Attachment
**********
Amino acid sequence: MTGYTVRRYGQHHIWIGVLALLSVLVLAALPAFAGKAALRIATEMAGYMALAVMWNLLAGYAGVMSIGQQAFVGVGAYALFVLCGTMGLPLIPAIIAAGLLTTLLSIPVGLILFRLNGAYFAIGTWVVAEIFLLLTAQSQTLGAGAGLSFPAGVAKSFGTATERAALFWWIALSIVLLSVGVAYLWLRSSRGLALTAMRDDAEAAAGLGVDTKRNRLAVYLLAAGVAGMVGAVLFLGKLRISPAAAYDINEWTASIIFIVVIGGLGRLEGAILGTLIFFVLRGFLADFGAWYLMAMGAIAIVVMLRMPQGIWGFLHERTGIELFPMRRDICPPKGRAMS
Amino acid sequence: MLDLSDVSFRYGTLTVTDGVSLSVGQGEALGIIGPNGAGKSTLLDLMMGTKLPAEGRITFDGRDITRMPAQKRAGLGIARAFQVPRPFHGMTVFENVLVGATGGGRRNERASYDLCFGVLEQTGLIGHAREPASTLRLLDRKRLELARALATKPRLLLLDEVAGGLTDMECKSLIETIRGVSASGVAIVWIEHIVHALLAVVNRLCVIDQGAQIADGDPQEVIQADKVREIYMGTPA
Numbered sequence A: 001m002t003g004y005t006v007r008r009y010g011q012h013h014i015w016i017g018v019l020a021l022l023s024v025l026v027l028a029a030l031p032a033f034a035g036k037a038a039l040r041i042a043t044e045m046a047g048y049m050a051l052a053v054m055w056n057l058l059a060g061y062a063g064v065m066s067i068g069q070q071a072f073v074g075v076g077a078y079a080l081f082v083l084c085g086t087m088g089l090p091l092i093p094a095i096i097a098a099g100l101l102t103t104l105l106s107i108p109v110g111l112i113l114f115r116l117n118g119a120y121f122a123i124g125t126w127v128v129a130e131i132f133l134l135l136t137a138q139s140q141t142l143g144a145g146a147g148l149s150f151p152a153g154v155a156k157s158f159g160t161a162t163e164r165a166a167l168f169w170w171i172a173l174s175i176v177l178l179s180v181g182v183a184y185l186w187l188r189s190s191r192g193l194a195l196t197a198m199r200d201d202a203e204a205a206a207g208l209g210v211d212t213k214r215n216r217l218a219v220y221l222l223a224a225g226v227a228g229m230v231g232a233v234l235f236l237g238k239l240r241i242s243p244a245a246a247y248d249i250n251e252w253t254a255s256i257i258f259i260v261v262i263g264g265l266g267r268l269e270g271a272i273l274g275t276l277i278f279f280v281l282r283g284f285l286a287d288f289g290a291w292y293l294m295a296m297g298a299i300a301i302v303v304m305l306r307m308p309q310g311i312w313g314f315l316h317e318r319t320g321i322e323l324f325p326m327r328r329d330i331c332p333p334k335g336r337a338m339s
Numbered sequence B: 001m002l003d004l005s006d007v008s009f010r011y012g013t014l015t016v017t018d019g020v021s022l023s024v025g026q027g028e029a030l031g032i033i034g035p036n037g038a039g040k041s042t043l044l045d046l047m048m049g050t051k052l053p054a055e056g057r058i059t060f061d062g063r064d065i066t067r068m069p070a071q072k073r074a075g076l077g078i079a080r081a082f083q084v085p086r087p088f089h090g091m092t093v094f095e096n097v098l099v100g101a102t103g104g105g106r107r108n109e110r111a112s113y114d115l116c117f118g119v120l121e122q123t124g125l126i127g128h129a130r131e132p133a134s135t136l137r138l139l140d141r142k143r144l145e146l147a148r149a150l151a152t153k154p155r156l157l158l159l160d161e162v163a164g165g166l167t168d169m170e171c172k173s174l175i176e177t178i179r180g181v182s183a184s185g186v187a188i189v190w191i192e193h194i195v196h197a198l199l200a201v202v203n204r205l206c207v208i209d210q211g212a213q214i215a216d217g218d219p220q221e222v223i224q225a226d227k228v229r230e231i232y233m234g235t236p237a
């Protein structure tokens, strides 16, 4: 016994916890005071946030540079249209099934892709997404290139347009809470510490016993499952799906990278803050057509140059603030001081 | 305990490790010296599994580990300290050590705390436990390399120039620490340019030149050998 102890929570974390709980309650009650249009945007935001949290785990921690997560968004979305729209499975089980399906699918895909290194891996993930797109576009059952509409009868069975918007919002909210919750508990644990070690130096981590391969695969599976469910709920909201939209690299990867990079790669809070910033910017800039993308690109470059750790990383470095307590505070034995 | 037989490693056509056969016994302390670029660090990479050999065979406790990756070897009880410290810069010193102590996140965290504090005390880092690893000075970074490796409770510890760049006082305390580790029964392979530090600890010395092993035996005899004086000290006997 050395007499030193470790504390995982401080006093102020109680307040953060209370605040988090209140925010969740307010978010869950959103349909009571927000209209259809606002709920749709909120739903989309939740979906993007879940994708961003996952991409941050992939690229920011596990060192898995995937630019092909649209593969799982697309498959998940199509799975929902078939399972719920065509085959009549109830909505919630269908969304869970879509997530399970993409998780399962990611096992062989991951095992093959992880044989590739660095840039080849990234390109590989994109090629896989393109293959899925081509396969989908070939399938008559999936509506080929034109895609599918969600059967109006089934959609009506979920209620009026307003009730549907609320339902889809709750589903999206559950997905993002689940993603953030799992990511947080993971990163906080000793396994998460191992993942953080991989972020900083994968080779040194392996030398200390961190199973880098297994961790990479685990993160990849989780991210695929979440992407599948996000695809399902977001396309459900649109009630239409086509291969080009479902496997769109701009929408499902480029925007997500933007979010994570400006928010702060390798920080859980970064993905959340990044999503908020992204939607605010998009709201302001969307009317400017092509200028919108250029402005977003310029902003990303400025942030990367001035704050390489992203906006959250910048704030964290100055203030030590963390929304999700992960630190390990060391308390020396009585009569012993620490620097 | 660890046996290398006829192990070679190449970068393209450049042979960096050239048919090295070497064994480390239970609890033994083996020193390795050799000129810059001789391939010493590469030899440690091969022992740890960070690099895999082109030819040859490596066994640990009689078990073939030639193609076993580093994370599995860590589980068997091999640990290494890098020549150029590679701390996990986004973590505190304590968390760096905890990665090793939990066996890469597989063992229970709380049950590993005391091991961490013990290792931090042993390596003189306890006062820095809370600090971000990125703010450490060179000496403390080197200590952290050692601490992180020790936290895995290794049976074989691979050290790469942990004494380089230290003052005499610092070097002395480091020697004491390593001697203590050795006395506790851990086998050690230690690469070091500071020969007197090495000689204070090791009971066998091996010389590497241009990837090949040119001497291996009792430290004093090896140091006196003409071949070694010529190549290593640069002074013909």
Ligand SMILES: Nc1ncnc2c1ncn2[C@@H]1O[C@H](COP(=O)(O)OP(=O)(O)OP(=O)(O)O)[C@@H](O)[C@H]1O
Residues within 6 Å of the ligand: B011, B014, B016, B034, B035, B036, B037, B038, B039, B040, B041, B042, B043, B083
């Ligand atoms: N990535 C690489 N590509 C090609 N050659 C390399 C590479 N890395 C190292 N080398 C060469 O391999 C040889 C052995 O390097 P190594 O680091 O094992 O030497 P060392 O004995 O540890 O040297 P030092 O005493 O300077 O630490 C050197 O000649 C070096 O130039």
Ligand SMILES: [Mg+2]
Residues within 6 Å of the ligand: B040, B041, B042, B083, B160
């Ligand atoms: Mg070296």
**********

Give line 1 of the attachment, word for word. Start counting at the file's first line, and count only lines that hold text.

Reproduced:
Amino acid sequence: MTGYTVRRYGQHHIWIGVLALLSVLVLAALPAFAGKAALRIATEMAGYMALAVMWNLLAGYAGVMSIGQQAFVGVGAYALFVLCGTMGLPLIPAIIAAGLLTTLLSIPVGLILFRLNGAYFAIGTWVVAEIFLLLTAQSQTLGAGAGLSFPAGVAKSFGTATERAALFWWIALSIVLLSVGVAYLWLRSSRGLALTAMRDDAEAAAGLGVDTKRNRLAVYLLAAGVAGMVGAVLFLGKLRISPAAAYDINEWTASIIFIVVIGGLGRLEGAILGTLIFFVLRGFLADFGAWYLMAMGAIAIVVMLRMPQGIWGFLHERTGIELFPMRRDICPPKGRAMS